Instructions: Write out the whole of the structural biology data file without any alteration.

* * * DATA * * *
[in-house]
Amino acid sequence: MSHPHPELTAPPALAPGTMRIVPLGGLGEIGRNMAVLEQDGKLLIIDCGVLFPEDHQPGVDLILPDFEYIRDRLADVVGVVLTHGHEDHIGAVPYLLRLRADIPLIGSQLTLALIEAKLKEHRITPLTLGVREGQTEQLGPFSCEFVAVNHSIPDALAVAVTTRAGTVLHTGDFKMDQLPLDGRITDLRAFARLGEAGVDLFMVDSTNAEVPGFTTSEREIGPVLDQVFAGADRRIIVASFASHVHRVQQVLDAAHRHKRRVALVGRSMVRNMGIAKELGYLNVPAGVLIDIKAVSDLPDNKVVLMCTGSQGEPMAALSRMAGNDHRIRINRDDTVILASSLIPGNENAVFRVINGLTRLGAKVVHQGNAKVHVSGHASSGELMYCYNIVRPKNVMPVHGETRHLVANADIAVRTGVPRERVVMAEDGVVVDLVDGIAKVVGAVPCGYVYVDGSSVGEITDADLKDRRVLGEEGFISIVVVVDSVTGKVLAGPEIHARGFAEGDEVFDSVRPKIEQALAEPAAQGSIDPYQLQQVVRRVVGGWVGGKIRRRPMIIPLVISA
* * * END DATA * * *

[in-house]
Amino acid sequence: MSHPHPELTAPPALAPGTMRIVPLGGLGEIGRNMAVLEQDGKLLIIDCGVLFPEDHQPGVDLILPDFEYIRDRLADVVGVVLTHGHEDHIGAVPYLLRLRADIPLIGSQLTLALIEAKLKEHRITPLTLGVREGQTEQLGPFSCEFVAVNHSIPDALAVAVTTRAGTVLHTGDFKMDQLPLDGRITDLRAFARLGEAGVDLFMVDSTNAEVPGFTTSEREIGPVLDQVFAGADRRIIVASFASHVHRVQQVLDAAHRHKRRVALVGRSMVRNMGIAKELGYLNVPAGVLIDIKAVSDLPDNKVVLMCTGSQGEPMAALSRMAGNDHRIRINRDDTVILASSLIPGNENAVFRVINGLTRLGAKVVHQGNAKVHVSGHASSGELMYCYNIVRPKNVMPVHGETRHLVANADIAVRTGVPRERVVMAEDGVVVDLVDGIAKVVGAVPCGYVYVDGSSVGEITDADLKDRRVLGEEGFISIVVVVDSVTGKVLAGPEIHARGFAEGDEVFDSVRPKIEQALAEPAAQGSIDPYQLQQVVRRVVGGWVGGKIRRRPMIIPLVISA